- Training: Medical school is followed by a residency training program that typically lasts anywhere from three to seven years, depending on specialty. The Accreditation Council for Graduate Medical Education (ACGME) and the American Osteopathic Association (AOA) accredit residency programs for M.D.s and D.O.s respectively. In July 2015 these organizations, along with the American Association of Colleges of Osteopathic Medicine (AACOM), began moving toward a single accreditation system. This transition is expected to be complete in July 2020.
- Licensing: Doctors need a license from a state medical or osteopathic board to practice in the U.S. Requirements vary by state and can be found at the Federation of State Medical Boards website. While requirements vary, all M.D.s must pass the United States Medical Licensing Examination (USMLE) and D.O.s must pass the Comprehensive Osteopathic Medical Licensing Examination (COMLEX-USA).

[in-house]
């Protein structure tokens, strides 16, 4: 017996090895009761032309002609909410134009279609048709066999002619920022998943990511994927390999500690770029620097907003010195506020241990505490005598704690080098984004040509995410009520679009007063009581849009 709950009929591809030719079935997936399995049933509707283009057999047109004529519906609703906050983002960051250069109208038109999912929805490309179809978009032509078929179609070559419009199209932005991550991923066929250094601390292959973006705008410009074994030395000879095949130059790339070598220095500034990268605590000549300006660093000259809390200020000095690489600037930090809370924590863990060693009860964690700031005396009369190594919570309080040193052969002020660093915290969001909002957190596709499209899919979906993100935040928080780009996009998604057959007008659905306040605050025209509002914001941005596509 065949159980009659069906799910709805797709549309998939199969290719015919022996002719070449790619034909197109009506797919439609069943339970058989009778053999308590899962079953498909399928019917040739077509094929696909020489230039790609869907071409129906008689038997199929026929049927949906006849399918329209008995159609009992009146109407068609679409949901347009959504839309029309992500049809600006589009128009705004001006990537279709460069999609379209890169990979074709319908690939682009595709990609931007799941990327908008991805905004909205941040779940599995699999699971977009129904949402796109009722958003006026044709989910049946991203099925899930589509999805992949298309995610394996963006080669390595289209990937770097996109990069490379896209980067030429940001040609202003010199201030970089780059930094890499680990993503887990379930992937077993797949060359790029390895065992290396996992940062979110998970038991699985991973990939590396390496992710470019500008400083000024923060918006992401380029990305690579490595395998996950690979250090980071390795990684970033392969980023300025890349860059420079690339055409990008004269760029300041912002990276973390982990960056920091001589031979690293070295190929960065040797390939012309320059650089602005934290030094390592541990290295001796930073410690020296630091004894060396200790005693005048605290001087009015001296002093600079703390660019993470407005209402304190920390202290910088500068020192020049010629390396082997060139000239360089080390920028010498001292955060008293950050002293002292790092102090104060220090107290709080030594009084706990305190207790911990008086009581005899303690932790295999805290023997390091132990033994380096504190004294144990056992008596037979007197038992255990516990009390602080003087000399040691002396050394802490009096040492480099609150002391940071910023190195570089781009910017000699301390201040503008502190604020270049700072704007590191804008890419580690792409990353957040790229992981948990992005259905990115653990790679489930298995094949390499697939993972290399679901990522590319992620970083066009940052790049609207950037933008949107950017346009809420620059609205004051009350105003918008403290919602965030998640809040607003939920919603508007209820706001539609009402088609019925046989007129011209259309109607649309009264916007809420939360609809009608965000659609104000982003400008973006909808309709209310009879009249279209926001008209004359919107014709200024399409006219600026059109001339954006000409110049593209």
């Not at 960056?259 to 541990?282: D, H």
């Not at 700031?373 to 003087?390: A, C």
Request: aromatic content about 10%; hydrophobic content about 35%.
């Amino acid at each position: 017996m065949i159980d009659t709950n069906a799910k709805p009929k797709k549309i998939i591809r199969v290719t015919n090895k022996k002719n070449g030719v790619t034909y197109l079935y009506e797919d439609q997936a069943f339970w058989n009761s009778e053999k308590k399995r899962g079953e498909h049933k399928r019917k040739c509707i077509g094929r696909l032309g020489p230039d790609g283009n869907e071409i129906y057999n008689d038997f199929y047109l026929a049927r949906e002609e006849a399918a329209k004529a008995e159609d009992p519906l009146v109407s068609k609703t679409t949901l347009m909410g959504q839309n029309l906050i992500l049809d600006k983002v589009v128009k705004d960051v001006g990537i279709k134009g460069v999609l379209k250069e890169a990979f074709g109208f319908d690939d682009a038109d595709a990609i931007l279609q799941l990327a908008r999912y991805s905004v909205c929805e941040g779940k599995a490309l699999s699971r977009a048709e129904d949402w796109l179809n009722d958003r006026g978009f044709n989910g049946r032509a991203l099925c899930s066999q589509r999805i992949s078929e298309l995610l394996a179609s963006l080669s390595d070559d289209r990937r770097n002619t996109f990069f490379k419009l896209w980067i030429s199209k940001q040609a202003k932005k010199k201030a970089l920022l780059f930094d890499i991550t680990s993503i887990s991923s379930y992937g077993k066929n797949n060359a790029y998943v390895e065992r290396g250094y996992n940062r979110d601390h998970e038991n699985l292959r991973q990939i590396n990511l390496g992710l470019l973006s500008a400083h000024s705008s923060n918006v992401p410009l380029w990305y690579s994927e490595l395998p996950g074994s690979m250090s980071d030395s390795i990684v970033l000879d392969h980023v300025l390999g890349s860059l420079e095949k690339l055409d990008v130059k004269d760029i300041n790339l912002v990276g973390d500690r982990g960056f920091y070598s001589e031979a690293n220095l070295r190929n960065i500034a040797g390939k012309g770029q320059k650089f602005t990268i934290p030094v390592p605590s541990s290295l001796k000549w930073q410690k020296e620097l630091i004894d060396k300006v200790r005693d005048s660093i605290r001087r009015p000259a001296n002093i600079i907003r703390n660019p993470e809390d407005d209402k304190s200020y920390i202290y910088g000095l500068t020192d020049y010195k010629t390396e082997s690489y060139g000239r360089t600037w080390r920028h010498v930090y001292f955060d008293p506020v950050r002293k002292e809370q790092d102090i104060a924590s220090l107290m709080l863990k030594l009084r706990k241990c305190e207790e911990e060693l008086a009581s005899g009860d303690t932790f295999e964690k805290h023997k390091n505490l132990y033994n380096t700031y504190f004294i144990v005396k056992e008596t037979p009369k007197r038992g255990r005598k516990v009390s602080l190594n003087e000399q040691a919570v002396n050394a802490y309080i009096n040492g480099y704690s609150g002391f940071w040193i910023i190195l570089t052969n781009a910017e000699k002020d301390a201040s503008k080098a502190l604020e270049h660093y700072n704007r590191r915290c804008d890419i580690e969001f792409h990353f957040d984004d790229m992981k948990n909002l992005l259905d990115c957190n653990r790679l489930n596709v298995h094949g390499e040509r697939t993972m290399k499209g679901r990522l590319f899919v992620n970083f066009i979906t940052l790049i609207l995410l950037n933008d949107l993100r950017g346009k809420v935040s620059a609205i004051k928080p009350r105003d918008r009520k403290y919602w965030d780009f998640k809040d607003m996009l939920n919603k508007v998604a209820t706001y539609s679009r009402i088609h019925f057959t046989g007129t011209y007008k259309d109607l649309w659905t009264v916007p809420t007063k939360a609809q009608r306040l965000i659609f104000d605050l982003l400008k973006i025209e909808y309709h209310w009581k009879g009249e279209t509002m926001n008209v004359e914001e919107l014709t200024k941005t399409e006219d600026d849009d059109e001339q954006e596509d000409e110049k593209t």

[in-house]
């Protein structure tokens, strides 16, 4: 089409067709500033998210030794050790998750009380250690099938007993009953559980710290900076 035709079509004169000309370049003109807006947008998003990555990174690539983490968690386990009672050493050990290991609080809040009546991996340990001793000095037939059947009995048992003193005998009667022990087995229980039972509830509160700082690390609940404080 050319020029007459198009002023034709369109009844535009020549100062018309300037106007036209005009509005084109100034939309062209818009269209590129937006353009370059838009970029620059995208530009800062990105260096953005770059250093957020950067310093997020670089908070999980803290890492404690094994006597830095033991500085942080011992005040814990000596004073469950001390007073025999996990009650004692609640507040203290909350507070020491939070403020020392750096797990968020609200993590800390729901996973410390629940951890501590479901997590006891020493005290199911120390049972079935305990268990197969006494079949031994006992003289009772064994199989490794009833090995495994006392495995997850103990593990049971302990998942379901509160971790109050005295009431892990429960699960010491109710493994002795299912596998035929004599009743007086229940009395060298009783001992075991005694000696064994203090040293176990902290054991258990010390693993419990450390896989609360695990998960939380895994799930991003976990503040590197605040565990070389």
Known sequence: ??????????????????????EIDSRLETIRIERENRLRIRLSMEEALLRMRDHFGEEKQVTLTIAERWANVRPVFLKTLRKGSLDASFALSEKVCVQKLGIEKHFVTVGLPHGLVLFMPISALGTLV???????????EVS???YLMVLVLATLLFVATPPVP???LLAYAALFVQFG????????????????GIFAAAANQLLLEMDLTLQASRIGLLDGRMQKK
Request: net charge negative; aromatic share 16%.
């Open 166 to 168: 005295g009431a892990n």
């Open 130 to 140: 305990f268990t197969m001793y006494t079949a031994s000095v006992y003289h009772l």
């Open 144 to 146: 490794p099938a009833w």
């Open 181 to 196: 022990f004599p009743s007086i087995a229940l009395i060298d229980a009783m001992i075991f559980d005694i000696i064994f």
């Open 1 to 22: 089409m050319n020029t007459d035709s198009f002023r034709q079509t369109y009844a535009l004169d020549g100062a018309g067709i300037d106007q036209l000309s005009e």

Doctor Skills & Competencies
In addition to graduation from medical school and licensure, doctors also need specific soft skills to succeed in this occupation. These are abilities with which one is either born or acquired through life experience. Among them are:
- Problem Solving: After evaluating a patient's symptoms and making a diagnosis, doctors have to choose an appropriate treatment. To do this, they will need critical thinking skills to compare available options.